Warrants-Schmarrants in Sellersburg, Indiana

     INDIANAPOLIS (CN) – A small Indiana town violates federal warrant requirements by holding municipal employees to a mere five-day notice requirement, a man claims in court.
     William Schuler says he was not at his home in Sellersburg, Ind., one day in 2013 when a buildings department worker entered the property “and cited him for weeds and an uncovered pool in his backyard.”
     “Mr. Schuler’s pool and his backyard are not visible from the sidewalk or any other public property,” the complaint filed Wednesday states.
     Schuler says his backyard and pool remain out of public sight but that the building commissioner wrote to him last week, “indicating that the grass in his back yard is in excess of 9″ and he has standing water in the cover of his pool.”
     The commissioner allegedly vowed in his letter to check out Schuler’s property in a few days “for the presence of unabated nuisances.”
     Represented by the American Civil Liberties Union, Schuler says his town is claiming authority for such warrantless searches from section 95.03 of Sellersburg’s code of ordinances.
     The law allows town employees to enter local property “to ascertain and discover any nuisances and to make examination thereof” after giving a five-day notice to property owners, according to the complaint.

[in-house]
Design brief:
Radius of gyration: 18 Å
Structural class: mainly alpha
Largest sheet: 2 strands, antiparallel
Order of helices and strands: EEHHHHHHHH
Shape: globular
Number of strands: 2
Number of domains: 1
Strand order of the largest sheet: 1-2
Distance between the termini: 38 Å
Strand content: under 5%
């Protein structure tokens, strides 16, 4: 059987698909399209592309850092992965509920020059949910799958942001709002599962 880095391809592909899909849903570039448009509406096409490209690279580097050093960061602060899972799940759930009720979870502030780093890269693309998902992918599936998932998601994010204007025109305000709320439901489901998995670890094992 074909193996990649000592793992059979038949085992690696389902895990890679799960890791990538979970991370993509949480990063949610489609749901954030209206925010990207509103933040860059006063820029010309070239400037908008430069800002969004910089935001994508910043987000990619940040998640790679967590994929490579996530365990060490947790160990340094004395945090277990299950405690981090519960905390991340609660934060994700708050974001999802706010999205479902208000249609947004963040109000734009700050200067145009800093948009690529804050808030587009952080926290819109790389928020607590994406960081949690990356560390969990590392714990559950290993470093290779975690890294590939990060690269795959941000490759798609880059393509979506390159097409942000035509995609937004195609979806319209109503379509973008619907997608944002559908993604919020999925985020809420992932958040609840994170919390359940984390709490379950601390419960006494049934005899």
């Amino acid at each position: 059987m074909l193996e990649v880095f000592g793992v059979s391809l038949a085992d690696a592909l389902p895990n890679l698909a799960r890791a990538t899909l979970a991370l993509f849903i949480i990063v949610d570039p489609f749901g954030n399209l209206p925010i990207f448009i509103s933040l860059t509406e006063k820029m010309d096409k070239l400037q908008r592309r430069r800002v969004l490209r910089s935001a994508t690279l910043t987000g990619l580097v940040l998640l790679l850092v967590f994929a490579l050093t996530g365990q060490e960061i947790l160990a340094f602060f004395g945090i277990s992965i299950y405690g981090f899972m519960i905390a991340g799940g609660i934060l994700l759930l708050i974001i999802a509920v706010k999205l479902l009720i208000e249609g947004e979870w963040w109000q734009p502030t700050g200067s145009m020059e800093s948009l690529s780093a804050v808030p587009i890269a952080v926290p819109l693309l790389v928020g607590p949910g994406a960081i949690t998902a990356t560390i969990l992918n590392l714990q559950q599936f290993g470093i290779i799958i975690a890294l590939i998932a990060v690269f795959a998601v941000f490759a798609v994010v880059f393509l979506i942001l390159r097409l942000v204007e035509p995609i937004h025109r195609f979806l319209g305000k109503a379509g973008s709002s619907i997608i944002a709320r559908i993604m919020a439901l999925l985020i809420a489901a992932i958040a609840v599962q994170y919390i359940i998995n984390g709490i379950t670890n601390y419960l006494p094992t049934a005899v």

In addition to overgrown vegetation, nuisances defined in Section 95 include littering and noise.
     After giving the five-day notice, a town employee can “enter into or upon any building, lot, grounds or premises within the limits of this town to ascertain and discover any nuisances and make examination thereof,” the complaint states.
     The ACLU says Section 95.03 violates the Fourth Amendment by allowing entry to a property without a warrant or permission.
     “The Fourth Amendment provides the right of people to be secure against unreasonable searches and seizures,” ACLU of Indiana legal director Ken Falk said in a statement. “The ordinance and planned warrantless inspection of our client’s property is unconstitutional.”
     Schuler seeks declaratory and injunctive relief and damages. He is represented by Falk of the ACLU of Indiana.

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